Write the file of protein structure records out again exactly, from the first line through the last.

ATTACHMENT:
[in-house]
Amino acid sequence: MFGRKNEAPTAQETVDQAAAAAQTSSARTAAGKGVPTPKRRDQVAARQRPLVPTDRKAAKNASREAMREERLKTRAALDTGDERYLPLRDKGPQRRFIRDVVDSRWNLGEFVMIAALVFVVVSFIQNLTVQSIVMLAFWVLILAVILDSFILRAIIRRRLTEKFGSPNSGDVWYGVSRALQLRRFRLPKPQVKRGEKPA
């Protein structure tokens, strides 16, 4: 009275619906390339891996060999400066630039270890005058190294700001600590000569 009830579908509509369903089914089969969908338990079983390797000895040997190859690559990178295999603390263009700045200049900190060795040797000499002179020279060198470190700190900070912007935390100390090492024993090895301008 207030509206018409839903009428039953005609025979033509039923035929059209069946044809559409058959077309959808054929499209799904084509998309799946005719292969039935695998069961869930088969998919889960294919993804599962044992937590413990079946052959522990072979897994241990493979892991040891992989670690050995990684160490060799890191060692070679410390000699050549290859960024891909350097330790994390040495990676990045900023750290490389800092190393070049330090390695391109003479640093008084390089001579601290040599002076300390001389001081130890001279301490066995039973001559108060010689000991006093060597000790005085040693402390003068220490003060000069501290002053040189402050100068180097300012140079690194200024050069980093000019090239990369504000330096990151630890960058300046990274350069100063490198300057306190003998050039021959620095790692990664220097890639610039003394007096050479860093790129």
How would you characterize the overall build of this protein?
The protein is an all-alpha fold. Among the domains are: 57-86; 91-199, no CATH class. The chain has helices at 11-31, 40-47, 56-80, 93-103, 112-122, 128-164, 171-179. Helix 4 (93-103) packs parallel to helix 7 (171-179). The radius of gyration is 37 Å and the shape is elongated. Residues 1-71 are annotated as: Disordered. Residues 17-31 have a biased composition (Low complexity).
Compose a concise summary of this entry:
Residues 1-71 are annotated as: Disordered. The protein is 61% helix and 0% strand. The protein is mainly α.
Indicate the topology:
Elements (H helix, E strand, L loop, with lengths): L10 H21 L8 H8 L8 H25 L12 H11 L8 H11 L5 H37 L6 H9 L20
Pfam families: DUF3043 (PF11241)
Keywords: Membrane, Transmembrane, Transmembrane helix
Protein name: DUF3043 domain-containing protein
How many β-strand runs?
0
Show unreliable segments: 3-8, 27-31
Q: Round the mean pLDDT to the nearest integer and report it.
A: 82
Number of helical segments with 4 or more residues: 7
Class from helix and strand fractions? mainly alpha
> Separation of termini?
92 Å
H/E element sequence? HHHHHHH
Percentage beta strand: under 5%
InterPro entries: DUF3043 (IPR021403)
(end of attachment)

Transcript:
[in-house]
Amino acid sequence: MFGRKNEAPTAQETVDQAAAAAQTSSARTAAGKGVPTPKRRDQVAARQRPLVPTDRKAAKNASREAMREERLKTRAALDTGDERYLPLRDKGPQRRFIRDVVDSRWNLGEFVMIAALVFVVVSFIQNLTVQSIVMLAFWVLILAVILDSFILRAIIRRRLTEKFGSPNSGDVWYGVSRALQLRRFRLPKPQVKRGEKPA
């Protein structure tokens, strides 16, 4: 009275619906390339891996060999400066630039270890005058190294700001600590000569 009830579908509509369903089914089969969908338990079983390797000895040997190859690559990178295999603390263009700045200049900190060795040797000499002179020279060198470190700190900070912007935390100390090492024993090895301008 207030509206018409839903009428039953005609025979033509039923035929059209069946044809559409058959077309959808054929499209799904084509998309799946005719292969039935695998069961869930088969998919889960294919993804599962044992937590413990079946052959522990072979897994241990493979892991040891992989670690050995990684160490060799890191060692070679410390000699050549290859960024891909350097330790994390040495990676990045900023750290490389800092190393070049330090390695391109003479640093008084390089001579601290040599002076300390001389001081130890001279301490066995039973001559108060010689000991006093060597000790005085040693402390003068220490003060000069501290002053040189402050100068180097300012140079690194200024050069980093000019090239990369504000330096990151630890960058300046990274350069100063490198300057306190003998050039021959620095790692990664220097890639610039003394007096050479860093790129």
How would you characterize the overall build of this protein?
The protein is an all-alpha fold. Among the domains are: 57-86; 91-199, no CATH class. The chain has helices at 11-31, 40-47, 56-80, 93-103, 112-122, 128-164, 171-179. Helix 4 (93-103) packs parallel to helix 7 (171-179). The radius of gyration is 37 Å and the shape is elongated. Residues 1-71 are annotated as: Disordered. Residues 17-31 have a biased composition (Low complexity).
Compose a concise summary of this entry:
Residues 1-71 are annotated as: Disordered. The protein is 61% helix and 0% strand. The protein is mainly α.
Indicate the topology:
Elements (H helix, E strand, L loop, with lengths): L10 H21 L8 H8 L8 H25 L12 H11 L8 H11 L5 H37 L6 H9 L20
Pfam families: DUF3043 (PF11241)
Keywords: Membrane, Transmembrane, Transmembrane helix
Protein name: DUF3043 domain-containing protein
How many β-strand runs?
0
Show unreliable segments: 3-8, 27-31
Q: Round the mean pLDDT to the nearest integer and report it.
A: 82
Number of helical segments with 4 or more residues: 7
Class from helix and strand fractions? mainly alpha
> Separation of termini?
92 Å
H/E element sequence? HHHHHHH
Percentage beta strand: under 5%
InterPro entries: DUF3043 (IPR021403)